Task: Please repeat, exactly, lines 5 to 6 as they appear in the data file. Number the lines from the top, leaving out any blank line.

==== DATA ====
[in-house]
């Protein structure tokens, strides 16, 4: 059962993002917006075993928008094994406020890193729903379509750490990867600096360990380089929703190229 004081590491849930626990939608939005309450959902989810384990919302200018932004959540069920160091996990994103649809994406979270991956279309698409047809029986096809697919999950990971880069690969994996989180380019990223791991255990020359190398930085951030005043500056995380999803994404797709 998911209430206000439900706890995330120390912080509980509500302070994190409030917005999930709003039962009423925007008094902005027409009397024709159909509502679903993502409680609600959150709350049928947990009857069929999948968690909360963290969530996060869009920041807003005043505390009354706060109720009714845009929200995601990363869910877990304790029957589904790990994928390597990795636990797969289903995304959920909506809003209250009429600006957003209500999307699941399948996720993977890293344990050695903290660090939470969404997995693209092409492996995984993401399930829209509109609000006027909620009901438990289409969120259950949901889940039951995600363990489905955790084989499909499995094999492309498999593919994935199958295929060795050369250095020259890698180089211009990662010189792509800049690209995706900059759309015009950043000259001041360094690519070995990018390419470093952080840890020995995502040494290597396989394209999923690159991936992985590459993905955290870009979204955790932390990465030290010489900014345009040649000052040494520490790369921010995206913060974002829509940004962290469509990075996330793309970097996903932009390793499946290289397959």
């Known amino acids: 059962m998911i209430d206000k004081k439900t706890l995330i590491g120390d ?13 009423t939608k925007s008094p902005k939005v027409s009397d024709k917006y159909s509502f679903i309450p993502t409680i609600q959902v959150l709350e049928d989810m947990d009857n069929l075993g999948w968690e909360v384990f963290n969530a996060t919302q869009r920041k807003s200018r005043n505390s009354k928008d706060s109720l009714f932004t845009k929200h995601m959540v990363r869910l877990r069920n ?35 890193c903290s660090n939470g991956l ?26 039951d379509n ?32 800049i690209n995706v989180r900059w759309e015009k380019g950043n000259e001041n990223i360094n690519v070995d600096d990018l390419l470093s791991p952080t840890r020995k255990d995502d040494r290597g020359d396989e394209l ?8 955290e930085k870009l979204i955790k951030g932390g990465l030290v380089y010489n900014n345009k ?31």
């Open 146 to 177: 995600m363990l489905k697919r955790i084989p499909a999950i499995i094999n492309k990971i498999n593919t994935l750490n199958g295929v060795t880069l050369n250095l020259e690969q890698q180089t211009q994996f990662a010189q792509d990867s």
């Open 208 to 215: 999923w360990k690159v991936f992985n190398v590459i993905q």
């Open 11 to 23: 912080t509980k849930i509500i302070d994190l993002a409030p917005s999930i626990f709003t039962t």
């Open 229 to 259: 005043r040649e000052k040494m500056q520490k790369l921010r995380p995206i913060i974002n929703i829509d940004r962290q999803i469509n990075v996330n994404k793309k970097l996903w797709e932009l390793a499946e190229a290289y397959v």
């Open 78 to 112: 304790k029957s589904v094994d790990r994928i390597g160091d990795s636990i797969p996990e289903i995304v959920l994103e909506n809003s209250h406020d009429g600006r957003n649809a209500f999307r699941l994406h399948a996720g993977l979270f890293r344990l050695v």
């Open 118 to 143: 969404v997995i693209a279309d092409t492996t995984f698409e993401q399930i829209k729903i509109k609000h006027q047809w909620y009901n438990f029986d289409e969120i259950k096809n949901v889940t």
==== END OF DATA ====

């Open 208 to 215: 999923w360990k690159v991936f992985n190398v590459i993905q």
């Open 11 to 23: 912080t509980k849930i509500i302070d994190l993002a409030p917005s999930i626990f709003t039962t």